In February 2020, I was asked if I wanted to go on secondment, as a Team Leader, to one of our applications teams in Energy Technologies. Energy Technologies focuses on lubricants, oil and gas, and batteries. I really enjoyed the secondment and after it came to an end, I chose to take it on as a permanent position rather than return to my old role.

What does this role entail?
My role entails managing a team of application and lead application scientists who work on a range of projects, from designing new products to supporting customers with specific problems and working with universities on more theoretical, developmental ideas.

At the moment, we’re working on a lot of what we call EV (electric vehicle)-friendly fluids. When you move from traditional combustion engines to electric vehicles, there’s quite a change in the properties needed for the fluids within the engine. We make the speciality additives that go into the base oils that support functions such as reduced engine wear and improved fuel efficiency.

The EV market is very different to the traditional car market, which is dominated by big lubricant manufacturers. EVs are so new that Croda has been at conception discussions with world leading EV companies. The whole sector is very data driven and, coming from a research scientist background, that appeals to me very much. It’s very exciting to be at the cutting-edge of innovation with what we’re doing within electrification and renewable energy.

Which projects are you working on at the moment?
I’ve got two long-term new development projects that are both progressing to the final stages of manufacturing. These are products that I designed the chemistry for when working in the synthesis team. It can take four or five years to get a new project through the development process, and I’ve continued to manage them throughout their timeline, even though I have moved into different roles. They are both speciality additives for crude oil to reduce the temperature at which impurities develop, to allow the more difficult oil fractions to be brought out of the ground without it solidifying in pipes when they transport it.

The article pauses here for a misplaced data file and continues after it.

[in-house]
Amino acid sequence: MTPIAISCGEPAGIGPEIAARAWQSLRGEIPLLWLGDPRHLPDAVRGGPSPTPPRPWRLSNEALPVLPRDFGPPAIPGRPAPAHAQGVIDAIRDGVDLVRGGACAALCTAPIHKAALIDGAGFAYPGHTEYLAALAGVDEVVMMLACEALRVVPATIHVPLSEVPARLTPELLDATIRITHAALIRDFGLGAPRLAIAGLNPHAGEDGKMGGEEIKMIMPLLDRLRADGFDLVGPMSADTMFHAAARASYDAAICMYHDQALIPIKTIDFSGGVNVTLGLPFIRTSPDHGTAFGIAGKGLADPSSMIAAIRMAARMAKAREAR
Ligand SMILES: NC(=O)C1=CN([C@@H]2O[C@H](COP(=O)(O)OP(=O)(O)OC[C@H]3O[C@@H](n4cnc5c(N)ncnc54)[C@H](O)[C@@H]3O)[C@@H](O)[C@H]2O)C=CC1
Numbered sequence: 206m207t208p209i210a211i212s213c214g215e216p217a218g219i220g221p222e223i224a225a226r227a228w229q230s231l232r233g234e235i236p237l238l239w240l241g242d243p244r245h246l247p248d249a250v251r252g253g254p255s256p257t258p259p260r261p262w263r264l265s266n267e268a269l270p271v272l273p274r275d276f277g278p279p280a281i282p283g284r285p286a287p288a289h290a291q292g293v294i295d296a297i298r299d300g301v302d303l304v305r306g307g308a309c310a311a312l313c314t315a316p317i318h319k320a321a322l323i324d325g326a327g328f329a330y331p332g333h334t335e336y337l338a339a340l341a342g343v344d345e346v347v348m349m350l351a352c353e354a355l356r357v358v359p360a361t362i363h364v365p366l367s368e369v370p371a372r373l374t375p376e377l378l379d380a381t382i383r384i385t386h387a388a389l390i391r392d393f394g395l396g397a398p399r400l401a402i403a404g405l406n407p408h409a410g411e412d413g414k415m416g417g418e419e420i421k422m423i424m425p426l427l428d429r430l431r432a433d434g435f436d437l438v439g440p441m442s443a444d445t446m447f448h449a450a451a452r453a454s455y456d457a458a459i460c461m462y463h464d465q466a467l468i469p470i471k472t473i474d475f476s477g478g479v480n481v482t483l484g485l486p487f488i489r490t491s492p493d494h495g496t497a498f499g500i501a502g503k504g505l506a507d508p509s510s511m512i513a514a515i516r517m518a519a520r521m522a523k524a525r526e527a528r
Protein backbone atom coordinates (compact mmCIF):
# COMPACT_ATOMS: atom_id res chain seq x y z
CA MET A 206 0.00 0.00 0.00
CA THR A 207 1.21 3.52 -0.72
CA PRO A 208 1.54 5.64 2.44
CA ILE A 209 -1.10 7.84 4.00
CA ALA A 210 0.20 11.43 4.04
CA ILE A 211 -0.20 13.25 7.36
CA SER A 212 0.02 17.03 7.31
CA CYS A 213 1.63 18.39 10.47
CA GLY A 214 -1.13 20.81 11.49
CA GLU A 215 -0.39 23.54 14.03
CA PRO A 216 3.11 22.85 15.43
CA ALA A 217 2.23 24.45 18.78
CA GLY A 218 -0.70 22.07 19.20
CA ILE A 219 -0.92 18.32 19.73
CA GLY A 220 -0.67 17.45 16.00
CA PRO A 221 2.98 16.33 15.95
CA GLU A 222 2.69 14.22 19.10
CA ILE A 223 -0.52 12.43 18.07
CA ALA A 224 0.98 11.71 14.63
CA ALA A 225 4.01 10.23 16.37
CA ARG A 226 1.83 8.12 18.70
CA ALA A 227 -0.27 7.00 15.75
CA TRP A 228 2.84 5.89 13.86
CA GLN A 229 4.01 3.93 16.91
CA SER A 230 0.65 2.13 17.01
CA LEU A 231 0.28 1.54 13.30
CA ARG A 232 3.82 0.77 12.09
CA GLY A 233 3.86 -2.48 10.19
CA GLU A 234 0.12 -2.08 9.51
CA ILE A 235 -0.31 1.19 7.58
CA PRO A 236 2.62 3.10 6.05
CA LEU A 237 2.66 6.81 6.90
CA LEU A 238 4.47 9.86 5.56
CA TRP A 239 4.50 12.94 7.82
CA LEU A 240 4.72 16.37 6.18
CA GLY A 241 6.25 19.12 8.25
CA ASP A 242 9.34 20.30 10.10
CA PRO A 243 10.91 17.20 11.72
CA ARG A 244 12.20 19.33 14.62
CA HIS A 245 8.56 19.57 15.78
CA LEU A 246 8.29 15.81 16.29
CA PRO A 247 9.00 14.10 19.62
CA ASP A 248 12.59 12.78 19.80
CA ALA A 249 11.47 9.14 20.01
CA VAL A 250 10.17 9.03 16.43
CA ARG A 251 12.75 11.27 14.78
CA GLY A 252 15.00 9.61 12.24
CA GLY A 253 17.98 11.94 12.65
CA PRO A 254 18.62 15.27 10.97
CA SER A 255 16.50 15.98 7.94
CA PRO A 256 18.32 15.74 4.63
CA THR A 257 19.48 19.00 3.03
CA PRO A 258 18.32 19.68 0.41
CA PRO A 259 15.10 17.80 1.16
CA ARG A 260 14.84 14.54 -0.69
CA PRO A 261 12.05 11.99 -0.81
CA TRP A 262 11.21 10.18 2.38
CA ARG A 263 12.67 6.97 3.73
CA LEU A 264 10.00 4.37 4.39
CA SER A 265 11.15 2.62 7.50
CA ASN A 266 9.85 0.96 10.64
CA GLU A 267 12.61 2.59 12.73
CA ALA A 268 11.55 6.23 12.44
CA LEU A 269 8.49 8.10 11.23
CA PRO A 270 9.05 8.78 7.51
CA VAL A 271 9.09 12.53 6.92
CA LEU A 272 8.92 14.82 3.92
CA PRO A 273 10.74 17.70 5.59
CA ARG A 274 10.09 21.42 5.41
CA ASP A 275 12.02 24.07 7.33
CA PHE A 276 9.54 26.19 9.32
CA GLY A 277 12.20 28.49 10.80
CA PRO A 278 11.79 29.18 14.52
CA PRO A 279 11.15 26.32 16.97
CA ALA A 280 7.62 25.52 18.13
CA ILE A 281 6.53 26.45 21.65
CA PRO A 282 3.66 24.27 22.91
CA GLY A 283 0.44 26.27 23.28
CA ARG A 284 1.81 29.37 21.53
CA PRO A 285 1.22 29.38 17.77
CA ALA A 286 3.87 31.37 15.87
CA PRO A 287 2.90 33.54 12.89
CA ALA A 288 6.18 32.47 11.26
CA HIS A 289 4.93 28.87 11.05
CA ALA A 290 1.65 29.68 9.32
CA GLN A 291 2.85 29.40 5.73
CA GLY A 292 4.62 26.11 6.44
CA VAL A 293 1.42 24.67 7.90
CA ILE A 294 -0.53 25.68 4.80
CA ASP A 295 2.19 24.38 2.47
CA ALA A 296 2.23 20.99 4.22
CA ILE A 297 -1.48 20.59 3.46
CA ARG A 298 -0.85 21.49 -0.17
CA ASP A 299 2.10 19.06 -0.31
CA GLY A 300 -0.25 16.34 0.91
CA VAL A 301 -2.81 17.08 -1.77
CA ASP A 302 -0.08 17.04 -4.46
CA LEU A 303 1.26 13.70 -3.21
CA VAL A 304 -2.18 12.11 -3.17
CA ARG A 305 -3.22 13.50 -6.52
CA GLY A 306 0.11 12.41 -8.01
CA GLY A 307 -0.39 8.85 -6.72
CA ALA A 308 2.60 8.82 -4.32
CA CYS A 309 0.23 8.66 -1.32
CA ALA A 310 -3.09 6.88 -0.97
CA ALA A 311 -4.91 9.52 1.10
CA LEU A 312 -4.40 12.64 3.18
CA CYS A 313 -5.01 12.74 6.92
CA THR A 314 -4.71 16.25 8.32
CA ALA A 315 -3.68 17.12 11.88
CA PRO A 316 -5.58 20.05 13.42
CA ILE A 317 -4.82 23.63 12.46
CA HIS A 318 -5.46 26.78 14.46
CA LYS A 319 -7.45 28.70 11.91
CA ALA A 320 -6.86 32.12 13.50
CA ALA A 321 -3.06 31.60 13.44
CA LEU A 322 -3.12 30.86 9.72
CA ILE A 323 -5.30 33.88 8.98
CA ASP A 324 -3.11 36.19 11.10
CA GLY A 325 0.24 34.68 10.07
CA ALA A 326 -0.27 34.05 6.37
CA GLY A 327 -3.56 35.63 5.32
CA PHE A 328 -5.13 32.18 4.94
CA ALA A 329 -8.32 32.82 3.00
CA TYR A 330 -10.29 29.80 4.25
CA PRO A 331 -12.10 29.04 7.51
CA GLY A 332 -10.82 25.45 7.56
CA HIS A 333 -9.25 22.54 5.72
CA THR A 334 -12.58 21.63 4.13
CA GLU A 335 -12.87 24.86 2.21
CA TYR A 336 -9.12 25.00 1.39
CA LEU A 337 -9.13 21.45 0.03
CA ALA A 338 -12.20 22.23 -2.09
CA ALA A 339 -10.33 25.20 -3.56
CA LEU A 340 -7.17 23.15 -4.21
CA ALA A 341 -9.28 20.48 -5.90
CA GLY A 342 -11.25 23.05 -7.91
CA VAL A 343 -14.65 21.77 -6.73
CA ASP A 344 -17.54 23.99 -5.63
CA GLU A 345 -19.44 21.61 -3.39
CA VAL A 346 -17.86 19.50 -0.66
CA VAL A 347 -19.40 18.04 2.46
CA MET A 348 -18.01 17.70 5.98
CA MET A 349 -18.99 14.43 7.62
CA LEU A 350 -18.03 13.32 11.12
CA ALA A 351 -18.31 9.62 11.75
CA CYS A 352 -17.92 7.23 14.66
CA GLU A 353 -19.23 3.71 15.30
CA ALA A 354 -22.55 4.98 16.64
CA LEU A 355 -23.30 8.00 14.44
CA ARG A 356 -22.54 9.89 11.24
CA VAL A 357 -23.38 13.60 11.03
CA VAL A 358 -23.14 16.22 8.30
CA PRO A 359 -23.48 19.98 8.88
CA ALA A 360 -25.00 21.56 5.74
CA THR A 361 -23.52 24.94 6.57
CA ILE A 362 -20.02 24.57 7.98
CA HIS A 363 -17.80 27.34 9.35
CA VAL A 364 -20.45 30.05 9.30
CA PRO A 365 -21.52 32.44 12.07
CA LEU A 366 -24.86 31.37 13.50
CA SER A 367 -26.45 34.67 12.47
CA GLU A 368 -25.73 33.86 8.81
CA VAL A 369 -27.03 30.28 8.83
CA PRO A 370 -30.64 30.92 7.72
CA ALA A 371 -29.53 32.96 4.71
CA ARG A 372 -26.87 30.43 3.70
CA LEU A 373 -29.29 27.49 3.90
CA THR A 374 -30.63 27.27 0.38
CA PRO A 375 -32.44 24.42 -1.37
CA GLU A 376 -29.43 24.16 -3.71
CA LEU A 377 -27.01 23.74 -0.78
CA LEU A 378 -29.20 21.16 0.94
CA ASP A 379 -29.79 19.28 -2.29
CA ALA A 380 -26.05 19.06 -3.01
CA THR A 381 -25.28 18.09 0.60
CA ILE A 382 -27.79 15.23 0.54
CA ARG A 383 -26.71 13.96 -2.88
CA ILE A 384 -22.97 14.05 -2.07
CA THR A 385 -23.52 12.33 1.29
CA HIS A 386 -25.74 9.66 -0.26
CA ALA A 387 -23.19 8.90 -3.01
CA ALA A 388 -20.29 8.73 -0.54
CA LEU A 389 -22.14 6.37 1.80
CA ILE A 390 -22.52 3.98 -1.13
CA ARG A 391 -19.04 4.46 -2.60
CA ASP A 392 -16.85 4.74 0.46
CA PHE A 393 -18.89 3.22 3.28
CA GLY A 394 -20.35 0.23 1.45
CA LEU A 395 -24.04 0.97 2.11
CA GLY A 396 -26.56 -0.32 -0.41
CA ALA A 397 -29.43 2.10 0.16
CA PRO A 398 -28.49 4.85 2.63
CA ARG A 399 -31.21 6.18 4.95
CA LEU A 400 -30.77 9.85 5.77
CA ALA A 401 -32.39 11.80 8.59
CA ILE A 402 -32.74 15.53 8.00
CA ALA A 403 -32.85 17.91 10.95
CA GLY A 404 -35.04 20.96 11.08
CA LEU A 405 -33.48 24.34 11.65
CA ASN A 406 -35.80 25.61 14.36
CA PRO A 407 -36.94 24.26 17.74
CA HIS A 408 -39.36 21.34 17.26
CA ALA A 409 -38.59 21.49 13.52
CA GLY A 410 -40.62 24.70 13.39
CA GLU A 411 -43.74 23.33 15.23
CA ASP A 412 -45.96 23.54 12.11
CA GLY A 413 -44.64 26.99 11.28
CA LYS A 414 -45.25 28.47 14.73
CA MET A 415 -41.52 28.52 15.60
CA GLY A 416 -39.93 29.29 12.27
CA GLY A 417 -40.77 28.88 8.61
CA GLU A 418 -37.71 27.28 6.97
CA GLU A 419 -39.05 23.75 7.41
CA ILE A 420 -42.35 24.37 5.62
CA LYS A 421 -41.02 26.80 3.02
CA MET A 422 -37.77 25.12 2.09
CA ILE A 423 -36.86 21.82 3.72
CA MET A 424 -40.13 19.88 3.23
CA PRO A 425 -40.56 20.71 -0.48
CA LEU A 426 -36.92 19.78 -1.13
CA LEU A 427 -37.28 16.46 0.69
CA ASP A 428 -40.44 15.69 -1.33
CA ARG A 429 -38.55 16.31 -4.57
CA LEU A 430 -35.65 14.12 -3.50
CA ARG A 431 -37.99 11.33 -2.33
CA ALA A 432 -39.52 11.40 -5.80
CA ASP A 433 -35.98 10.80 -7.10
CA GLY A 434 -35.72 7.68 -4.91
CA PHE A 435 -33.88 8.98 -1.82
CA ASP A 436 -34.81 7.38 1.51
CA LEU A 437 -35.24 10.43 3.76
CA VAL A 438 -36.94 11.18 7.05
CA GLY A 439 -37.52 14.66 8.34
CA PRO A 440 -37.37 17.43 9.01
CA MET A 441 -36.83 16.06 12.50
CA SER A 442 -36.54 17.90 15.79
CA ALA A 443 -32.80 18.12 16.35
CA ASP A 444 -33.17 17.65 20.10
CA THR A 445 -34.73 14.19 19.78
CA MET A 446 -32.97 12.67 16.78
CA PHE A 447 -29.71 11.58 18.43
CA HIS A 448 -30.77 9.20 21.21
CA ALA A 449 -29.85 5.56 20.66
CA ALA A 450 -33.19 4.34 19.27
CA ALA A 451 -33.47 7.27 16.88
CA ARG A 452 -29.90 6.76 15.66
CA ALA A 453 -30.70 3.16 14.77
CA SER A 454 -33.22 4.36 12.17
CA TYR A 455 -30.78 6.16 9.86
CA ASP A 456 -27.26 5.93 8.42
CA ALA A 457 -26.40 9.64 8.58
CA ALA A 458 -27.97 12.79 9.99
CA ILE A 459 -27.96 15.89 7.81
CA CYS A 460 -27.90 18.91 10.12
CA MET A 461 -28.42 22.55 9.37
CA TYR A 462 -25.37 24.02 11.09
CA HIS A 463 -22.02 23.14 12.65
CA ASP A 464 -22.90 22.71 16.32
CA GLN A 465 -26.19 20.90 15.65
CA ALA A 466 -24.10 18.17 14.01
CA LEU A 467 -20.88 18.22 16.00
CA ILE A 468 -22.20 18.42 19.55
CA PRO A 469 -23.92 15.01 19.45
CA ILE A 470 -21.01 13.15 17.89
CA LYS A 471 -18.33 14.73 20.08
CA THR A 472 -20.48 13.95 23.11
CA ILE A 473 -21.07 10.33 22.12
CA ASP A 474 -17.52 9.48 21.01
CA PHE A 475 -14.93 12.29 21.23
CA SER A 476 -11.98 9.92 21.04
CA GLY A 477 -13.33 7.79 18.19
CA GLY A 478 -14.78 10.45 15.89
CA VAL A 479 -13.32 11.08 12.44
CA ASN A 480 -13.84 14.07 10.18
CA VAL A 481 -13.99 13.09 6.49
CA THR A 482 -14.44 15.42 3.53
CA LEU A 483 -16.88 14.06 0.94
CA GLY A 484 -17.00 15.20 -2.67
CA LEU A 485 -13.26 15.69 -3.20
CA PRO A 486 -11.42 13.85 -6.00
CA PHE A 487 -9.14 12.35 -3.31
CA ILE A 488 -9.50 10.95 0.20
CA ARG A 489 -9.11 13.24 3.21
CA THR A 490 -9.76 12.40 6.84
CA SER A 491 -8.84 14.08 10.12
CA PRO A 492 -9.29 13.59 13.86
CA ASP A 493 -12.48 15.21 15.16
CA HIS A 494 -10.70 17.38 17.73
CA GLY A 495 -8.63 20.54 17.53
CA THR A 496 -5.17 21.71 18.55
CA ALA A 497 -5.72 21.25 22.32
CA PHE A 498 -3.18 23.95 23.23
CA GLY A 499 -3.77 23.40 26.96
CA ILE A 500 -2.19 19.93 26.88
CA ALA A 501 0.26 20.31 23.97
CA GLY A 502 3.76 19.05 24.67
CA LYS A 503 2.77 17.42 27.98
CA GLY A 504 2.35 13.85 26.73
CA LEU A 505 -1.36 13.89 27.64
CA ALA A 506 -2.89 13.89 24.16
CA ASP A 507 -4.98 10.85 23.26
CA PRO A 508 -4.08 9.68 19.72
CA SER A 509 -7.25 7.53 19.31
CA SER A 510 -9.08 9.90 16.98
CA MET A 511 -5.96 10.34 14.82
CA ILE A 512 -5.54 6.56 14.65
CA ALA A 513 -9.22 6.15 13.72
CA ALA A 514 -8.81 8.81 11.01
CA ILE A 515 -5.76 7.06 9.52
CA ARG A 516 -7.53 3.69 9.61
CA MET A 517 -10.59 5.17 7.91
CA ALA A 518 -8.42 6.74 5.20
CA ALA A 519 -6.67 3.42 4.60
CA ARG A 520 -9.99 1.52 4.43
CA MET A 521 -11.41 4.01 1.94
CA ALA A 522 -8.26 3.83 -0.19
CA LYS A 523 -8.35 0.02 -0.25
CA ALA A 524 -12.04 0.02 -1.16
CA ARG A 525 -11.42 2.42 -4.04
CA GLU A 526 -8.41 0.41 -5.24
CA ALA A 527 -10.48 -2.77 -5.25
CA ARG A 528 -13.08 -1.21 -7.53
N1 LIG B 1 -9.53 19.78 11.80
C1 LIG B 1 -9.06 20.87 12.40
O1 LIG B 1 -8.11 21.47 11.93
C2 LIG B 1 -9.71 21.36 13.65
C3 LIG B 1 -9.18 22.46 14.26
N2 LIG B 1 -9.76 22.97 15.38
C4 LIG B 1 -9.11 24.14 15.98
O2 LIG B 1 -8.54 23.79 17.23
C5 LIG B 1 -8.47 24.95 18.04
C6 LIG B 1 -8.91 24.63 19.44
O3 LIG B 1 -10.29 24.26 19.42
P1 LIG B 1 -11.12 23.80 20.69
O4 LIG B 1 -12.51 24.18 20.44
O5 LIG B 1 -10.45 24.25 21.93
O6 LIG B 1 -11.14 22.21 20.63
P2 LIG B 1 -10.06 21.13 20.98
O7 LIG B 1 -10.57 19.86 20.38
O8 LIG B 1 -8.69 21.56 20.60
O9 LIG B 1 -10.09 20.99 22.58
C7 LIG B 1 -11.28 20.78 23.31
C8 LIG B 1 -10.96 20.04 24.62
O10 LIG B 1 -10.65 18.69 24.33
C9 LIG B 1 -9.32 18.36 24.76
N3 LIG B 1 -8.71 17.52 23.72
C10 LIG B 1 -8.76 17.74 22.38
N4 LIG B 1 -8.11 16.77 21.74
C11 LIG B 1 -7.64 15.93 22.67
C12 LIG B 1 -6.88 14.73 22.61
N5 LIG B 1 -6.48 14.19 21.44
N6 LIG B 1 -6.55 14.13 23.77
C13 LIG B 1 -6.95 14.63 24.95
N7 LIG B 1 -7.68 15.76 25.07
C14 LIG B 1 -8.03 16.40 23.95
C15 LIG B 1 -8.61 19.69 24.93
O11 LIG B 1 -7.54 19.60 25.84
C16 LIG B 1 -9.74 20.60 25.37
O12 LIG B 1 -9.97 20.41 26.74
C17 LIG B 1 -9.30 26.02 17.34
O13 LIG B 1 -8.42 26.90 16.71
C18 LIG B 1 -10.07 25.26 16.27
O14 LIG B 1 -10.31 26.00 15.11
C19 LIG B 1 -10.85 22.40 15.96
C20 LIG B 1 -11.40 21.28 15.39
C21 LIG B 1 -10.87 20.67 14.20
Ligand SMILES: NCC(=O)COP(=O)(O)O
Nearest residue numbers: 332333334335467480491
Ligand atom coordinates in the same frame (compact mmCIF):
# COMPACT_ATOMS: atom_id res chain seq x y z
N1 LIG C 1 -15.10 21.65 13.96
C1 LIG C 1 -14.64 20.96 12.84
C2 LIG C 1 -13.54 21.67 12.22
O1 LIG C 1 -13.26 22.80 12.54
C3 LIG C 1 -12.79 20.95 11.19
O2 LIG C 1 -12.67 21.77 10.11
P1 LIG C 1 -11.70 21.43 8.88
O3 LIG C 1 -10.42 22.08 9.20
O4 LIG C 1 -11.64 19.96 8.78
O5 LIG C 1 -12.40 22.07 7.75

SCIblog - 8 November 2021 - Women in Chem – Jessica Jones - Quote of Jessica Jones 

What does a general working day involve?
There are eight people in our team, and I am responsible for managing six of them. There are two other senior technical specialists I work alongside. They have lots of experience in the industry and working with academia, and the three of us coordinate the projects across the team.

My role is to translate the pipeline and the strategy from our senior leaders into what we do in the lab every day. I have three projects that I'm running, which are new product launches. Alongside that, I coordinate the project pipeline and make sure everyone is able to manage their projects and progress them. I do a small amount of lab work, but I would say it makes up 5% of my time.

I always thought I would be a specialist when I joined Croda because of my PhD and lab experience. However, over the time I’ve worked here, I started to really enjoy working with other people; and I think I probably realised I had better skills at motivating other people, building up teams, and networking. So that became a lot more important, and I chose to move into the management side of things but still within a technical function.

Interpersonal skills are sometimes underrated in management. How do you approach this side of the job?
I think I am quite at ease around other people as I am very extroverted. I think that makes me different from a lot of people in my team. For example, my boss and I are the total opposite of each other, but it works really well because it means that we complement each other perfectly. He’s very strategic and he likes to take his time to make decisions. He likes to review all the data very methodically and is good at using detail to evaluate a project’s true value, whereas I’m much more about talking to people, bringing everyone together and acting quickly to get things done. But I think the balance of both works incredibly well for us as a team.

During lockdown we received a webinar on personal resilience, and the session was about your outward projection to other people. About 70% of how you are perceived by others is made up of how people see you and your ‘brand’. Your technical expertise and actual ability to do your job only makes up about 20% of how people view you and how successful you are. And I think as a scientist, you get a bit focused on delivering the project successfully, thinking that you need to be really amazing at delivering data, but people forget about the need to work on themselves to develop as well.

What part of your job motivates you most?